The wait could not have been faster. Just one week to go to e-Governance Conference 2022, to discuss resilient and seamless governance with high-level government representatives, experts, and academics. So let us do the honours with an introduction, and a look forward, from Estonia.
Luukas Ilves, freshly appointed Chief Information Officer of the Government of Estonia, features in this last episode of the podcast building up to the conference. What’s next in Estonia in terms of public service delivery?
“The best job in digital government in the world”
We left last week with outgoing Government CIO Siim Sikkut somewhat introducing this week’s guest, jokingly saying that Luukas Ilves “took the bait”. But hearing from him, it is certain that this bait was definitely a sweet one. “I think I have the best job in public administration in Estonia, and also the best job in digital government in the world,” Ilves admits.
Some curiosity arises in peers abroad over this private-public organizations interchange of personnel. Curiosity, of course, all in good faith. But this is one of the peculiarities of the Estonian human capital in digital transformation – the exchange of experiences and expertise between sectors.
“In other countries, colleagues find remarkable that I could come from a tech startup and just apply for the job through an open competition. But that, in and of itself, is very much a useful thing – to have this sort of back and forth between public and private sector,” Ilves says.
A new CIO term started, between consolidation and expectations
It was the beginning of this year that Luukas Ilves took office as the new CIO of the Estonian Government. And even though no legacy is common theory and practice in the country’s public sector innovation, something has been passed on in this case – from CIO to CIO.
“Siim bequeathed me with a new digital society strategy adopted by the government just last autumn. And I must say that, broadly speaking, it lays out very clearly where we need to go. Really, it is about inculcating a philosophy and culture of true user centricity across how public services get delivered in Estonia,” Ilves explains.
The building blocks are there. “I think our core asset is that we have many rock-solid infrastructures and agreements around how digital government is provided in Estonia. With a level of penetration or user uptake that you see nowhere else in the world. But, perhaps more importantly, there are strong user expectations. Estonian users have a positive expectation that their public services are digital by default. And when that’s not the case, they express their disappointment,” Ilves says.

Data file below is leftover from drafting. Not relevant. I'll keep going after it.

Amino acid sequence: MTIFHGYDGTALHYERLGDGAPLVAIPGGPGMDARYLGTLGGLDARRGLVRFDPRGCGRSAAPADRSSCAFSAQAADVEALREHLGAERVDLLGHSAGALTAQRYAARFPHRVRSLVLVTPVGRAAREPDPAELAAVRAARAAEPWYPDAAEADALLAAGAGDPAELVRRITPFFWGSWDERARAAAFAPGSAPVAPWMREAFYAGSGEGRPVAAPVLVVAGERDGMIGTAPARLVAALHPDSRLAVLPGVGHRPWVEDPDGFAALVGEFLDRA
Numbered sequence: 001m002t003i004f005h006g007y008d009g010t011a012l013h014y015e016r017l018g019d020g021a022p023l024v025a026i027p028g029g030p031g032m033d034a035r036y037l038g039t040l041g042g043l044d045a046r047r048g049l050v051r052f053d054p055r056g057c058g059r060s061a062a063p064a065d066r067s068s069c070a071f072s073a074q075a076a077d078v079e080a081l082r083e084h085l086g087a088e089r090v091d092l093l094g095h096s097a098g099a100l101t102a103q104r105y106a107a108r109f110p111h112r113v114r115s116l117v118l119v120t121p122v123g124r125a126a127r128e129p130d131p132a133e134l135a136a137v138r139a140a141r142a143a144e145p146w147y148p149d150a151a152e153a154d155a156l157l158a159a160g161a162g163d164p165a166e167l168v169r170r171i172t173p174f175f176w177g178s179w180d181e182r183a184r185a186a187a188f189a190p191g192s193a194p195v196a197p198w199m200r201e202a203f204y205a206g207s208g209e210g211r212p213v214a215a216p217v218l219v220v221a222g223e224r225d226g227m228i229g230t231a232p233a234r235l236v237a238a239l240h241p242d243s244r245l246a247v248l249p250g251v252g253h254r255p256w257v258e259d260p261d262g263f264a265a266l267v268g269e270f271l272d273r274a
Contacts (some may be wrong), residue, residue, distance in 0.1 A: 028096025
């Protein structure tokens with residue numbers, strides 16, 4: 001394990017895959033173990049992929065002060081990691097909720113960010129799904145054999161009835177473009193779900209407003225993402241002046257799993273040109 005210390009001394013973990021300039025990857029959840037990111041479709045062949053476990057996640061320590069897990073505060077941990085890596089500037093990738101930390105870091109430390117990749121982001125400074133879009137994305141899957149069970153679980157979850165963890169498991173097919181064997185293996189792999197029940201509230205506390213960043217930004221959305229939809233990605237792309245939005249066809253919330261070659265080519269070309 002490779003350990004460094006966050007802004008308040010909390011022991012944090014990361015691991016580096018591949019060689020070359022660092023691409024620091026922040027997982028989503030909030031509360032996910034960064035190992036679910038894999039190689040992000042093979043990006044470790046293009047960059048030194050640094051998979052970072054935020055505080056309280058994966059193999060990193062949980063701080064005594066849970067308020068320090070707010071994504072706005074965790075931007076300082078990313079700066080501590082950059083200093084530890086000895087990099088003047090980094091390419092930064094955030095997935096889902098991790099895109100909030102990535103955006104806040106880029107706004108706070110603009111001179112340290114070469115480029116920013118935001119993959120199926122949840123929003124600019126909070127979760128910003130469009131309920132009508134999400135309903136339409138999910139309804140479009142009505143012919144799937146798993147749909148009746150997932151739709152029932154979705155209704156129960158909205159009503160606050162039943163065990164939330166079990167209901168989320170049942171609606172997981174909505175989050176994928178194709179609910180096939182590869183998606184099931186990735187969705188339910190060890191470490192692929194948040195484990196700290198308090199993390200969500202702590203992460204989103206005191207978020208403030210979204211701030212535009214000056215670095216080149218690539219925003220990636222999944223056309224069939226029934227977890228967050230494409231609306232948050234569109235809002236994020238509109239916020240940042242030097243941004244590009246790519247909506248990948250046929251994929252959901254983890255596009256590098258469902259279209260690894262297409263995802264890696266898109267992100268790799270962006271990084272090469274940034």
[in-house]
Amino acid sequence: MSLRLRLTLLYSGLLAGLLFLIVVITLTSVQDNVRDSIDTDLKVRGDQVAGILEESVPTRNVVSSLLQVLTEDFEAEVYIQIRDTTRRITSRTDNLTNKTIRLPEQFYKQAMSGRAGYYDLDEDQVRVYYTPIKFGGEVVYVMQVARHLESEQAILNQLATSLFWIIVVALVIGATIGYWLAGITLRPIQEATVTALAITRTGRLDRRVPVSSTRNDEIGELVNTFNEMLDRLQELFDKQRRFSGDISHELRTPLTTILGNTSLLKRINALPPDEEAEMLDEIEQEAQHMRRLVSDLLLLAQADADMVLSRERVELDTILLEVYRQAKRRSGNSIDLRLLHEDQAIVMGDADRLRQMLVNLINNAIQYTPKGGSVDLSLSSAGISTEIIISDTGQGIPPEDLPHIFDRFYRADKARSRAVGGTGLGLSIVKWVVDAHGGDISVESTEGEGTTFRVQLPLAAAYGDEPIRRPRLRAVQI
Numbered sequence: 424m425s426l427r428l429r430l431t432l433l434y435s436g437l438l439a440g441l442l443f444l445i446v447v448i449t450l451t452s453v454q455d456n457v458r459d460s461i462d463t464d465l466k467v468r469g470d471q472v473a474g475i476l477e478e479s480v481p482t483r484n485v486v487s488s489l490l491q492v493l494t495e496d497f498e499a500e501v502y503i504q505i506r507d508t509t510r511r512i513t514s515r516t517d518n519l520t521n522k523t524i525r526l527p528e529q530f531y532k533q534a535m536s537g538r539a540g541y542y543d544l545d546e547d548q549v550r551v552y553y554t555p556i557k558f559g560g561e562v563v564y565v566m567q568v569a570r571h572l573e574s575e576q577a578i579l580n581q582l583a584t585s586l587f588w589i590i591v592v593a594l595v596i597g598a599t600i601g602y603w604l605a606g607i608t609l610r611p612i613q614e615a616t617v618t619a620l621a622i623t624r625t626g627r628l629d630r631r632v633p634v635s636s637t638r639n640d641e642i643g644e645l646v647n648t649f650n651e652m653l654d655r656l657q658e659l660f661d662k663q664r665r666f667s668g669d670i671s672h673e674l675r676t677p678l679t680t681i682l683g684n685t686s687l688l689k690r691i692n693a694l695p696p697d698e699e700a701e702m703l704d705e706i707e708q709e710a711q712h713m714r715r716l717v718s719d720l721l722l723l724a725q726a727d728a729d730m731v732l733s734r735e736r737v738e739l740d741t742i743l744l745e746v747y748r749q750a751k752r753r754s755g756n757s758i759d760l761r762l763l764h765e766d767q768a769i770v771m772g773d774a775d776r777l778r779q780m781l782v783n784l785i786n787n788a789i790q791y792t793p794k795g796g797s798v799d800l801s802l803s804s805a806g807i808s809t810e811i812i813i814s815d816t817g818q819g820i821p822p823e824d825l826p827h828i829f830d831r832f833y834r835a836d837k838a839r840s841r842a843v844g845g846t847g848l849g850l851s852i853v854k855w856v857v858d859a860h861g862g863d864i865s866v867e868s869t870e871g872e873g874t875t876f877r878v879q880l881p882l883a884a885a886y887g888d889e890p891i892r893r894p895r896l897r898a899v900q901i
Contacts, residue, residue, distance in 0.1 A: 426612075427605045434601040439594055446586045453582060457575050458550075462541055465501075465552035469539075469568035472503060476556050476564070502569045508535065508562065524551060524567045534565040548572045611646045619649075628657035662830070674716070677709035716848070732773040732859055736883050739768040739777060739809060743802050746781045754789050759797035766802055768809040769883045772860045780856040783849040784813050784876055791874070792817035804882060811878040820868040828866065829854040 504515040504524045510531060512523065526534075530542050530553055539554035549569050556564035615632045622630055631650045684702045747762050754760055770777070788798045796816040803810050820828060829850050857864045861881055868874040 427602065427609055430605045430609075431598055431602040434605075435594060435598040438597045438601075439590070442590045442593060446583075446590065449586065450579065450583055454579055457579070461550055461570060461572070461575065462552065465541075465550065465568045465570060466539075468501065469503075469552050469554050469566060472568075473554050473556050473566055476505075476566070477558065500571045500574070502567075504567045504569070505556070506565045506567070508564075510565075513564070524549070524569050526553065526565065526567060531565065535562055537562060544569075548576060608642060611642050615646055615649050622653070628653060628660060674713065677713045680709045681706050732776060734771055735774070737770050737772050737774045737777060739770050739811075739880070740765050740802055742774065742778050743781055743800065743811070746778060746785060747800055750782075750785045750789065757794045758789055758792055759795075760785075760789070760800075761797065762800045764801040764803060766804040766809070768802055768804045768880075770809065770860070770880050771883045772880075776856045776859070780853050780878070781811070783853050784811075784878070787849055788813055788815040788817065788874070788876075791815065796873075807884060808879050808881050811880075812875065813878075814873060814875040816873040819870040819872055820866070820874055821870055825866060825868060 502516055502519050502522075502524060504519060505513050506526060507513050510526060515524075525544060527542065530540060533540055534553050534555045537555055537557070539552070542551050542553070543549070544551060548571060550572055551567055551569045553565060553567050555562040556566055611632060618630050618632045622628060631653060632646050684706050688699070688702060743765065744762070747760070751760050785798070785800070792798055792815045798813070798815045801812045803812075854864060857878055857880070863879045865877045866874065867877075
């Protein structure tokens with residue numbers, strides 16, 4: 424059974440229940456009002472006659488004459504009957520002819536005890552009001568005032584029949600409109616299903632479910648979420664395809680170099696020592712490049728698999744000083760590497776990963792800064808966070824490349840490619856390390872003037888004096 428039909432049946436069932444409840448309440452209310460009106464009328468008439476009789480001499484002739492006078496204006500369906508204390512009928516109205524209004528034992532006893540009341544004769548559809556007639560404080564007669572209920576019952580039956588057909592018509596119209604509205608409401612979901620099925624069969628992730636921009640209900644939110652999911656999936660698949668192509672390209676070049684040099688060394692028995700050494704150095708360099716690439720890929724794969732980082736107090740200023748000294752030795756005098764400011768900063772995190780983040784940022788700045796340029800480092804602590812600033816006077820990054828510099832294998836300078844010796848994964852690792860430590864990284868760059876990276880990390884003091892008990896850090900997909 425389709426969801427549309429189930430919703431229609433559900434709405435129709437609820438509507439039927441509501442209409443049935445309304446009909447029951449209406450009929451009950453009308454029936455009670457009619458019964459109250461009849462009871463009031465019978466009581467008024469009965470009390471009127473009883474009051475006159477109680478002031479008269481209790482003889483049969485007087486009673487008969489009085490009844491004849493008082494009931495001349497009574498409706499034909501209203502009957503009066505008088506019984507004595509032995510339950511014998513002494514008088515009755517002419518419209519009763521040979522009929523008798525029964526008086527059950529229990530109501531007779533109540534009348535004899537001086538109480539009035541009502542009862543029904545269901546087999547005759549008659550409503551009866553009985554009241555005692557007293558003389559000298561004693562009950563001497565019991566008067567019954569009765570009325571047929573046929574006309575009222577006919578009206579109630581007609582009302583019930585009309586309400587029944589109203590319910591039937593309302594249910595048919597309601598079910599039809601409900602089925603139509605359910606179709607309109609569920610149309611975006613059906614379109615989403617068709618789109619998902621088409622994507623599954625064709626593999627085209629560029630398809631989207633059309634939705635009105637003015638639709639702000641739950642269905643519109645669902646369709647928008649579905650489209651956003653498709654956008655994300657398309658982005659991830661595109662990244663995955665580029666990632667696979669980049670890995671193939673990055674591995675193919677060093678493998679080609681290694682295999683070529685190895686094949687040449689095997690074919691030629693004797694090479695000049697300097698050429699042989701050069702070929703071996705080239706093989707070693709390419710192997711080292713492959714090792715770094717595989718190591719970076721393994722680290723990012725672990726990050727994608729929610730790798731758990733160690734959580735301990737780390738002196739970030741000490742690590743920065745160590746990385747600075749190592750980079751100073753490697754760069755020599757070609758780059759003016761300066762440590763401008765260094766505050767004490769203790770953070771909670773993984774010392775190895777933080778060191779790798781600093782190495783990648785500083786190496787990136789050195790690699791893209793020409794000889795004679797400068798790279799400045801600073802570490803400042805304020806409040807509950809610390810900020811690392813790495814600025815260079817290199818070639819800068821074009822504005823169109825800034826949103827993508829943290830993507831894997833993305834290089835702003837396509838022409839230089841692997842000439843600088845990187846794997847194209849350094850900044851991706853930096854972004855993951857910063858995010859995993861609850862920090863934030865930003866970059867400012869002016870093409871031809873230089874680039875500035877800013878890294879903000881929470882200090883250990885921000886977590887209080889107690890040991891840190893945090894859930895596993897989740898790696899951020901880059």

Data and technology meet creativity in service design
According to Ilves, “From a functional perspective, of how Estonian public services work, we are in pretty good shape. However, users see on a daily basis that we do not have the user experience and design of the best private sector services they are by now used to. At present, in the public sector, that kind of thinking and toolbox is not as present as we would like for it to be.”
Public healthcare, education, culture – the fields where digital tools and leadership can have their say are plenty. From the CIO’s point of view, one key task is to think about new ways to make a certain process happen, more efficiently and effectively. But getting lost in one of the many topic-specific areas must be avoided at all costs. “The CIO’s job is not to solve all problems [in those fields], or to have business acumen,” Ilves warns.
“It is, instead, to meet halfway those who have a vision in healthcare, or in culture, or in public safety, with the tools to help them do their job. We are focusing on how to provide technology and infrastructure, but also data and some horizontal thinking, to help data and technology meet creativity in terms of service design,” Ilves concludes. It’s clear that from life events-based and proactive services to the necessary technical infrastructure to make it happen, the next years are going to be quite exciting in digital government Estonia. Once again.
Interested in more? Join the e-Governance Conference on 10 – 12 May at to listen to the discussions featuring Luukas Kristjan Ilves on 12 May
- What’s Next for the World’s Most Advanced Digital Governments (with Mike Bracken)
- New Trends in Technology and Governance (with Max Tegmark and Linnar Viik)